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Shoulder Dystocia Explained

Steve Wagner

Shoulder dystocia is defined as a difficulty in birth that happens when the anterior shoulder of the baby gets stuck behind one of the mother’s pelvic bones during normal vaginal delivery. In a year, shoulder dystocia is experienced by more than 20,000 women during delivery in the United States and gives rise to a host of health problems to both the mother and the baby. In fact, shoulder dystocia is considered as a medical emergency as fetal death can occur due to compression of the umbilical cord.

The most common complication resulting from shoulder dystocia is brachial palsy, which occurs in about 20% of shoulder dystocia infants with about 10% resulting in permanent injury and dysfunction. In other words, about 400 babies are born each year in the U.S. with permanent brachial plexus injury due to shoulder dystocia deliveries. Other complications that can occur to the baby are fracture of the clavicle or humerus, Erb’s palsy, and contusions or bruises to the baby’s body, most occurring as a result of forced extraction. The most feared complication is fetal hypoxia (caused from cord compression and a lack of oxygen) leading to irreversible neurological damage and sometimes even death. For the mother the complications include excessive blood loss, lacerations of the vagina and rectum, uterine rupture, and post-natal depression.

There are several ways the risk for shoulder dystocia can be increased. These are:

  1. Fetal macrosomia: Fetal macrosomia or a clinically large fetus is by far the biggest risk factor for shoulder dystocia. The vast majority of dystocia cases occur in babies with an excessively large birth weight. More often than not, the large birth weight can be attributed to Gestational Diabetes in the mother. In fact, there is a fourfold increase in the risk of suffering a shoulder dystocia if you have GS.
  2. Induction, labor augmentation and instrumental delivery: All of these things, while sometimes necessary, tend to be drastically overused in the labor and delivery wards of our American hospitals. Having your birth interfered with by drugs or instrumentation often interferes with the natural process of the fetus’ descent into the birth canal. If interfered with, baby’s position can become misaligned, increasing the risk of shoulder dystocia.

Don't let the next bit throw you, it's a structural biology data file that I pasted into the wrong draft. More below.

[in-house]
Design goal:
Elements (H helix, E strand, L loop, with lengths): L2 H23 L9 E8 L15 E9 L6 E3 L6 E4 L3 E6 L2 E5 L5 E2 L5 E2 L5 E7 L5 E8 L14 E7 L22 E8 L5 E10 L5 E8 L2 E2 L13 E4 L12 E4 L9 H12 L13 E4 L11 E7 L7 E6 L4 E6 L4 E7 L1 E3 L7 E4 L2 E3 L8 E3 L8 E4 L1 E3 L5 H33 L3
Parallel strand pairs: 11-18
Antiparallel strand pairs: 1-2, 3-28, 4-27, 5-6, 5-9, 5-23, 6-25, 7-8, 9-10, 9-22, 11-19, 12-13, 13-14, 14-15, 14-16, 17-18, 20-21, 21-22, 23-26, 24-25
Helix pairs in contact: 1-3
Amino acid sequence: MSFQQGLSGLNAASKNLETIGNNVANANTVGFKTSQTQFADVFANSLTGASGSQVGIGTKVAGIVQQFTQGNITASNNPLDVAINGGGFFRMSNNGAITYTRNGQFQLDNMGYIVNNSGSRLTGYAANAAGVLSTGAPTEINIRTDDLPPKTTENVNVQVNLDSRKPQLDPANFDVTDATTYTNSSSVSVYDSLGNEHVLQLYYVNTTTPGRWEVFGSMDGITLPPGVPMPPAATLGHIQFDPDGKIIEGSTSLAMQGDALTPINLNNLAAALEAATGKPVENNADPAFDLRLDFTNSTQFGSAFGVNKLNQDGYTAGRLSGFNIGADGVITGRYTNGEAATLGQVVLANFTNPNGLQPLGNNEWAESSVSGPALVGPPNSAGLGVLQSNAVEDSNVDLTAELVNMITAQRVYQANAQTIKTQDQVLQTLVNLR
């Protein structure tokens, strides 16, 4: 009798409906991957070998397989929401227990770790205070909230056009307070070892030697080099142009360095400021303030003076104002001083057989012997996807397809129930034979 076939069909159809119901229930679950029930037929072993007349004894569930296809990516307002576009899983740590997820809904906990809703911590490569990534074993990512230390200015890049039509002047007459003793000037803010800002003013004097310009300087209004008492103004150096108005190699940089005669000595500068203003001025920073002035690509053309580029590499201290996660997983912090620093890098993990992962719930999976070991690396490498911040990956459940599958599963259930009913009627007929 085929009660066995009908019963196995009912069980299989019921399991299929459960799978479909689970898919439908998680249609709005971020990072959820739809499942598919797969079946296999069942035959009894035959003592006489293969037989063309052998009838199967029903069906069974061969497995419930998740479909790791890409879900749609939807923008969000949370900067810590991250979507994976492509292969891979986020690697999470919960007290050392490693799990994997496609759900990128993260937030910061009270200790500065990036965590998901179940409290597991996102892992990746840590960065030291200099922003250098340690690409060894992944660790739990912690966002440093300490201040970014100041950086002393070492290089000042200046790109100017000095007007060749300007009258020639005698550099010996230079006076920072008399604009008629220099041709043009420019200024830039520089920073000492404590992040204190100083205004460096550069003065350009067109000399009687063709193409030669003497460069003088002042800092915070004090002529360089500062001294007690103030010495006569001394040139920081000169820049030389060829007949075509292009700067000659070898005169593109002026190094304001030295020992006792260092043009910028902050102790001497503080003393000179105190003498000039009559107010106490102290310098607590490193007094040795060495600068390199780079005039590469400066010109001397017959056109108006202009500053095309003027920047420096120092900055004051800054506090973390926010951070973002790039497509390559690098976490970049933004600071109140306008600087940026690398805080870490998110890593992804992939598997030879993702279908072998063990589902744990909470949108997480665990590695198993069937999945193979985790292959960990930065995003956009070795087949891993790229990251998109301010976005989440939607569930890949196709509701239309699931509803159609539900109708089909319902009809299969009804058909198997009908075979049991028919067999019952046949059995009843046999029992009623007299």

3. Maternal obesity: Shoulder dystocia occurs three times more often in obese or overweight women. If a mother gains excessive weight during pregnancy or is obese, it is likely that her birth will be more difficult, put more stress on her body, and can subsequently stress the baby.
  4. Birth Position: Lying flat on your back to deliver can significantly increase your risk of shoulder dystocia because it works against the natural flow of gravity in birth. When the mother lies flat on her back, the baby has to be pushed up through the birth canal, rather than an easier, downward position. The stress of pushing up can cause a malposition in the baby and sometimes cause a dystocia. Many hospitals encourage mothers to lie flat on their backs in the beds because it is easier to keep them on the monitors and much simpler for the doctors who are delivering the babies.
  5. Previous shoulder dystocia: There is a 15% chance of shoulder dystocia recurring if it has happened in a previous delivery. Once a shoulder dystocia has occurred, pursuing vaginal delivery again is possible, but options should be researched for ways to avoid this complication.

Shoulder dystocia is one of the most feared complications of a normal vaginal delivery. If you think that you or your infant has suffered due to medical negligence, then do not hesitate to contact one of our shoulder dystocia attorneys today. Our experienced team of personal injury lawyers can help you make up for your financial losses, however unique the medico-legal aspects of your case may be, by bringing your claims to justice.


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